This elaboration of the model provides certain key insights that can inform both government policy[12] and strategic decision making by firms. Given values for the parameters of natural inclinations and network effects, lock-in is a consequence of the difference in the number of previous adopters for two competing technologies. This difference is (nA - nB) if technology A is the leading technology, and (nB - nA) in the opposite case. With increasing diffusion, the difference |nA - nB| becomes smaller as a percentage of the total number of adopters (nA + nB). In the case of large market shares for both technologies, the difference in market share is more difficult to assess for newly arriving consumers, and they will be more likely to decide on the basis of their natural preferences and thus to prolong competitive balance between the technologies.


In other words, lock-in is easier to prevent in larger markets, and, paradoxically, is more likely to occur in the early stages of new technological developments. If a player such as a government wants to maintain a competitive balance between rivaling technologies, it will need to step in strategically early on in the game, for example, by ostensibly buying the technology that may appear to be loosing. There are, of course, other ways in which governments can enlarge markets for a technology. Opening up markets geographically or allowing technologies to be used for more and different purposes are among them.


Firms as strategic agents have an interest in preventing lock-in, forcing a break-out, or ensuring competitive balance as well. Our model can thus also be considered as a contribution to analyzing competitive relations between firms. Examples of this are airline companies buying airplanes from both Airbus and Boeing, or local and national governments buying the Linux operating system to counter the dominance of the Windows OS in the private sector. Neither of these buying parties would like one supplier to be able to monopolize the market based on the technical characteristics of the products it offers and may be willing to accept technically inferior or more expensive goods from alternative suppliers to prevent lock-in as well as what economists call hold-up [65]. Alternatively, an actor such as a government may prevent knowledge about the relative market shares from becoming available to adopters, to the extent possible. The way in which information about a market becomes available can have profound effects on their functioning [66]. By keeping alternative technologies in the race until markets are well established, lock-in can be postponed or even prevented [67]. Since competitors can be expected to jump on the bandwagon of a technology that gets locked-in, even to the extent of destroying previous competences [68], this may prevent undue disappearance of competing technologies and the competences to further develop them for future use possibly in a different context [18].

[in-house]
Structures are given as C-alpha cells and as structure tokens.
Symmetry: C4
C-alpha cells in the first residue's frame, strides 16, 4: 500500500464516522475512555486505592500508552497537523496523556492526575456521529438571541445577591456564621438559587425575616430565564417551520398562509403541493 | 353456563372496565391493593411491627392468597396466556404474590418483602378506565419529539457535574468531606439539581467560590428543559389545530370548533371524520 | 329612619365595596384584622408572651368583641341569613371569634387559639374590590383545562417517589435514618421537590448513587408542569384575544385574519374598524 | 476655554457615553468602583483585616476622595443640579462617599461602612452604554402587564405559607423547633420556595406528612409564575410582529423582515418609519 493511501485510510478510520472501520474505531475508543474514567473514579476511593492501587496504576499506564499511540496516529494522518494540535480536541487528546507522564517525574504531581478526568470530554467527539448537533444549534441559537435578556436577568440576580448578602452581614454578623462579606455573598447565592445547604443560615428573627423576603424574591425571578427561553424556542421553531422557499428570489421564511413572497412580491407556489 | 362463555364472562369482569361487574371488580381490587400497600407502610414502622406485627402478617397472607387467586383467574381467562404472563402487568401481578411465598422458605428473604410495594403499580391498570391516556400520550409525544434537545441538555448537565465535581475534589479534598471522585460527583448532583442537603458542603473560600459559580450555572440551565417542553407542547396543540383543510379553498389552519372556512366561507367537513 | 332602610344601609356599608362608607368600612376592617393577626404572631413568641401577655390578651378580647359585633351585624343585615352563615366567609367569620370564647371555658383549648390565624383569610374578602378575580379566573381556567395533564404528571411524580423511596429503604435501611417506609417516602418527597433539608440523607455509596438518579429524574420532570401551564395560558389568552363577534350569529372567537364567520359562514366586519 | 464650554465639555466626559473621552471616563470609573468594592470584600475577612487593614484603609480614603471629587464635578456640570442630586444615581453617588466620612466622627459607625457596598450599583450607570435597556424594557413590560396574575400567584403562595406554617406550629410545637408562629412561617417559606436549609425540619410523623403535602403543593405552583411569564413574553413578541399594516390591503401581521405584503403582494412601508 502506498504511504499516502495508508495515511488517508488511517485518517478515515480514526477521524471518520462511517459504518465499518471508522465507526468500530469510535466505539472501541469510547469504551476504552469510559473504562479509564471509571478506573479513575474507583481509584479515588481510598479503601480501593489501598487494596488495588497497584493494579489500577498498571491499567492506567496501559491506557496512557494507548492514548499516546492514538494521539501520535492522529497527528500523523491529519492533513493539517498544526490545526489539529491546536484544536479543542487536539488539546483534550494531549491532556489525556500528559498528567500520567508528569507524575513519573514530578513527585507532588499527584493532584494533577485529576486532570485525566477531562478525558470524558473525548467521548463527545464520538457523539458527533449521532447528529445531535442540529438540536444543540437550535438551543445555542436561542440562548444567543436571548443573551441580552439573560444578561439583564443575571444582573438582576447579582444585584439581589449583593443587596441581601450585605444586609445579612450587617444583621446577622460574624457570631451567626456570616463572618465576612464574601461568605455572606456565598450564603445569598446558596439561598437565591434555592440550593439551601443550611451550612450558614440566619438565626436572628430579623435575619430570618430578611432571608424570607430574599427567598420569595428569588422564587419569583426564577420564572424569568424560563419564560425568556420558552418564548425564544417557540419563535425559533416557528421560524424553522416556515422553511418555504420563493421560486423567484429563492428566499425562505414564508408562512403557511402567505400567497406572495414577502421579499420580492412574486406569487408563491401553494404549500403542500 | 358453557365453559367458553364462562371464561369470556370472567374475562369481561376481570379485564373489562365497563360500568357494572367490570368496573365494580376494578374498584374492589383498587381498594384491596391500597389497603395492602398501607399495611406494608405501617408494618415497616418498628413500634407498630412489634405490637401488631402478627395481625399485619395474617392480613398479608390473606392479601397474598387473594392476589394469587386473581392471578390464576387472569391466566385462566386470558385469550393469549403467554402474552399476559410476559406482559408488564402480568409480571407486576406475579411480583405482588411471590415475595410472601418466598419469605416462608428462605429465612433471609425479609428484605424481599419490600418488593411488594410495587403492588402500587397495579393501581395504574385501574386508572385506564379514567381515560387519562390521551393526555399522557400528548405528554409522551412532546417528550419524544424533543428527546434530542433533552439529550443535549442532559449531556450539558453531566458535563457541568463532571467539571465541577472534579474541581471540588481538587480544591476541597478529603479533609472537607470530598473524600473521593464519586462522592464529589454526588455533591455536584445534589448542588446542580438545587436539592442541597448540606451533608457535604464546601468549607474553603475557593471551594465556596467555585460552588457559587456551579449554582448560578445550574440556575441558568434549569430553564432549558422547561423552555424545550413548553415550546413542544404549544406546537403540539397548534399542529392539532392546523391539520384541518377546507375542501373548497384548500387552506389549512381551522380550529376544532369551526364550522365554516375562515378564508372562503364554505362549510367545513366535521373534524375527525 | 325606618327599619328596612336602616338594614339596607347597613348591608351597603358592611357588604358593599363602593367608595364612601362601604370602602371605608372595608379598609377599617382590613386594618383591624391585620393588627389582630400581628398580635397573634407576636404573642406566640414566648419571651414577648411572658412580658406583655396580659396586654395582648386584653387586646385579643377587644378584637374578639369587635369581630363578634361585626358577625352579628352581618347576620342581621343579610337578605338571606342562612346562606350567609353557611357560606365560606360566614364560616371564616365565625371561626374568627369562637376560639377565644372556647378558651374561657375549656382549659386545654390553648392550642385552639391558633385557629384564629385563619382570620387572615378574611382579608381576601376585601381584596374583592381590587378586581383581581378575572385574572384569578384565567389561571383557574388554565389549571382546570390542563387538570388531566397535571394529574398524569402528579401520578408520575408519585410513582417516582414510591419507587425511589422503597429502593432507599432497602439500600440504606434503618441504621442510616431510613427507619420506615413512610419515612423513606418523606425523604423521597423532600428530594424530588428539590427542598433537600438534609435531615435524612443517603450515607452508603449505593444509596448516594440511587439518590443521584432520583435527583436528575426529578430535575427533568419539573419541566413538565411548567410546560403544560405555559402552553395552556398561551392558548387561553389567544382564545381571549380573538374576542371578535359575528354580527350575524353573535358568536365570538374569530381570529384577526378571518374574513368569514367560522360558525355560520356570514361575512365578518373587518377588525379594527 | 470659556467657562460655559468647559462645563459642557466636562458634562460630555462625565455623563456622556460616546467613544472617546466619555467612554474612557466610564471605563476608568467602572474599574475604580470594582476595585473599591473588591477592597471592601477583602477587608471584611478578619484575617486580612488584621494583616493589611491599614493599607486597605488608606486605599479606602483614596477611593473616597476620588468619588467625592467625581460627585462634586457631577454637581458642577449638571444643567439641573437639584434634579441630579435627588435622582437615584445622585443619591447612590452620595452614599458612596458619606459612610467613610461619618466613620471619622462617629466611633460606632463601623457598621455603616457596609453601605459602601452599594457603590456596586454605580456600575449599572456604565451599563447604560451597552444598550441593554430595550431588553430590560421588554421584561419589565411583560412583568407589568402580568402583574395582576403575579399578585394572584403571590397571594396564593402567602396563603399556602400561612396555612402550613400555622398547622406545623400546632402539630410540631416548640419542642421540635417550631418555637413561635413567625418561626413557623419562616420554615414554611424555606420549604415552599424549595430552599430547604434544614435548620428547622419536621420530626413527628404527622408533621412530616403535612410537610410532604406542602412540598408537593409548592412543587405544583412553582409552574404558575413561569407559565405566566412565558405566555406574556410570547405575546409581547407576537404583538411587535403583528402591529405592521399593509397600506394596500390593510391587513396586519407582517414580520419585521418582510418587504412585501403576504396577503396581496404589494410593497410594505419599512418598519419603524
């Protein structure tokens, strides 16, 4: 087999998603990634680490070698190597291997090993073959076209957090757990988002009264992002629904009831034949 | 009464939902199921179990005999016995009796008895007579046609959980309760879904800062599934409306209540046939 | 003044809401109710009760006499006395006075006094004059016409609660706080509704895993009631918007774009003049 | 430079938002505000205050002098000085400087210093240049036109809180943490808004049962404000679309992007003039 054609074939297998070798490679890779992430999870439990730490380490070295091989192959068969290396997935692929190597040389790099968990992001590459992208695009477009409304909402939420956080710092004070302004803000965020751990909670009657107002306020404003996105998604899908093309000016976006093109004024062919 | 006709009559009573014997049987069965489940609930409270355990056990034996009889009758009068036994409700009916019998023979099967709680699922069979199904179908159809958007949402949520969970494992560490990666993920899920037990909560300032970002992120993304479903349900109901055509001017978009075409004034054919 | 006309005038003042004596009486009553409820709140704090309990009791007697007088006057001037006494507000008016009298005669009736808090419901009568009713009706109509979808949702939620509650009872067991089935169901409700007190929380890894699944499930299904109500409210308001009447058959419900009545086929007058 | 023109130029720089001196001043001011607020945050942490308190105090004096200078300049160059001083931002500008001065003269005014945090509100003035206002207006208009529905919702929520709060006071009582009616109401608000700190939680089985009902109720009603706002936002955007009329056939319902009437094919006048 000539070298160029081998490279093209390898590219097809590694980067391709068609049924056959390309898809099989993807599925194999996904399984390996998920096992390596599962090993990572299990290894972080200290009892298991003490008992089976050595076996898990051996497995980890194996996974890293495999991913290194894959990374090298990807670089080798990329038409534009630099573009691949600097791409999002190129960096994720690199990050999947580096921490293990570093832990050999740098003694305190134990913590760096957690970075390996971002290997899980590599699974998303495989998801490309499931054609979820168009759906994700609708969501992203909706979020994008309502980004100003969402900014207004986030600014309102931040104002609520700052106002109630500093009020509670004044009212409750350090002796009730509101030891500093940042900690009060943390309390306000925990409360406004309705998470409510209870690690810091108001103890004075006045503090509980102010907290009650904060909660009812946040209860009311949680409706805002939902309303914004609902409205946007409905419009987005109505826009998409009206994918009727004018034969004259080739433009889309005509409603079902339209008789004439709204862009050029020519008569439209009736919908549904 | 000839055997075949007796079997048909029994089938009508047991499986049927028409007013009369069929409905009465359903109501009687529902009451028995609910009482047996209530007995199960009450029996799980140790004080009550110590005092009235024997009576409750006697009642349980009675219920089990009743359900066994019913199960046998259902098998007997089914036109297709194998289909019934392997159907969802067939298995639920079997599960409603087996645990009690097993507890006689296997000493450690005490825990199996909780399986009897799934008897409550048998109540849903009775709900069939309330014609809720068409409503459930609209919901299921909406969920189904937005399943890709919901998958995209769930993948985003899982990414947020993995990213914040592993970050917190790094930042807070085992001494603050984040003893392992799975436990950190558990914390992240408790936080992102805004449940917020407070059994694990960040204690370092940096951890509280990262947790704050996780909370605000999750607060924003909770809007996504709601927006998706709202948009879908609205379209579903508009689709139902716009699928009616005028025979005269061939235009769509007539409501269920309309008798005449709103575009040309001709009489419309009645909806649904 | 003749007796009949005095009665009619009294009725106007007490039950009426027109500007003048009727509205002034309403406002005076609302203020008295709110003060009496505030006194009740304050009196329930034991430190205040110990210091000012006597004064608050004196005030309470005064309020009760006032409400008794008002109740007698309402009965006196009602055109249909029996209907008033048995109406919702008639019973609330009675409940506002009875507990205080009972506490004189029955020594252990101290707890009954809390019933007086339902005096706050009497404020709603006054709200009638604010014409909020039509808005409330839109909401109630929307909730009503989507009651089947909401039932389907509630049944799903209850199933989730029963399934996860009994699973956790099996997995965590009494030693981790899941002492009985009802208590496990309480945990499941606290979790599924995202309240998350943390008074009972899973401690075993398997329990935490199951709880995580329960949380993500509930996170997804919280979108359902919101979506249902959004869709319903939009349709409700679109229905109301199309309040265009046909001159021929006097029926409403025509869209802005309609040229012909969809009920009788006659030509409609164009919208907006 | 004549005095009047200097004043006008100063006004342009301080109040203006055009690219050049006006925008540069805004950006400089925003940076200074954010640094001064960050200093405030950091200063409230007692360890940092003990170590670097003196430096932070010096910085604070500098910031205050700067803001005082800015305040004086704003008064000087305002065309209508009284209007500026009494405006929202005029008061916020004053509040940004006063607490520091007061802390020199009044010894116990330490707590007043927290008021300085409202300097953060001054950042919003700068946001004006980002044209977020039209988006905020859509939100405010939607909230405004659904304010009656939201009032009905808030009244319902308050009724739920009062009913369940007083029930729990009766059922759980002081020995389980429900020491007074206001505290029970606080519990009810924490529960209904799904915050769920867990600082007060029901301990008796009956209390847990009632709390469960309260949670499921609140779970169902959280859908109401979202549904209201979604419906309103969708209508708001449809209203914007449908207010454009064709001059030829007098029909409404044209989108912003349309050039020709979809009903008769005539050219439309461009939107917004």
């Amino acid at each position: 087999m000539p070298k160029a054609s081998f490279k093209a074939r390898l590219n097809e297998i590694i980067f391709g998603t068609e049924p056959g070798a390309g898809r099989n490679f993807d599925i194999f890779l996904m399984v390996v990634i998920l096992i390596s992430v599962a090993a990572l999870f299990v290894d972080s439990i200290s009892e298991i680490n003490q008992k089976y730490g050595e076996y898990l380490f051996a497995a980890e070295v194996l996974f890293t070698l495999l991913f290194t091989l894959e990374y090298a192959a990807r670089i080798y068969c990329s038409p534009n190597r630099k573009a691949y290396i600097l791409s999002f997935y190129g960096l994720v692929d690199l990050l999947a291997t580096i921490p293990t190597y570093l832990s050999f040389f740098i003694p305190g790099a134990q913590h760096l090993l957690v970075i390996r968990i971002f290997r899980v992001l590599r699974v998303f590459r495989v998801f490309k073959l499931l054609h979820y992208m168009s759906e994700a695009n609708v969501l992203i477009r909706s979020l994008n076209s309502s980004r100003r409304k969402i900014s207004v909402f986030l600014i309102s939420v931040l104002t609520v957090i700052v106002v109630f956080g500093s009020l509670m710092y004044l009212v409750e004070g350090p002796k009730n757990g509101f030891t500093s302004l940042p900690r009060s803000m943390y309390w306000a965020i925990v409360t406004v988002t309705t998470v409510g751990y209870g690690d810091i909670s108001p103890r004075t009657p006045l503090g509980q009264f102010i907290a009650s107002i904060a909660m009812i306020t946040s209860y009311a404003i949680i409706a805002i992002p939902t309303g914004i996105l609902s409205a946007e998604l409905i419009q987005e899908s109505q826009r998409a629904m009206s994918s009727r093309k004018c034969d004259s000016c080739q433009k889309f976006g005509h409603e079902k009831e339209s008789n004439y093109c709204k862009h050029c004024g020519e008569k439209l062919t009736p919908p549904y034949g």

This happened, for example, to the V2000 and the Betamax video systems competing with the VHS system sponsored by JVC and Matsushita. The products offered by Philips and Sony, respectively, while technically superior, were not accepted in the market as the locked-in dominant design. Philips and Sony both abandoned this area of technical expertise altogether. The competition between different standards for video recording is an appealing case that is much referred to, but it is also a case with a number of additional angles to it [30]. VHS became the dominant technology during the early 1980s and well into 1990s, even though technically it was not superior. The CD did not change this, as video material could not be recorded on it. The DVD, however, became increasingly relevant as an alternative, but this did not mean that the lock-in was immediately broken. A prevailing system can be resilient. After a while, however, when the DVD-share grew independently for other reasons (e.g., due to its superior data storage characteristic), the system tilted and a substitution process generated an cascading away from the VHS towards an entirely new system dynamics. In terms of our modeling, this should be seen as a grown market, affecting the value of D in Equation 5 above. The newly emerging lock-in can be expected to follow the curve of the alternative technology (Figure 1). In terms of the visualization of Figure 2b, the system moves over the hilltop and cascades into a new basin of attraction.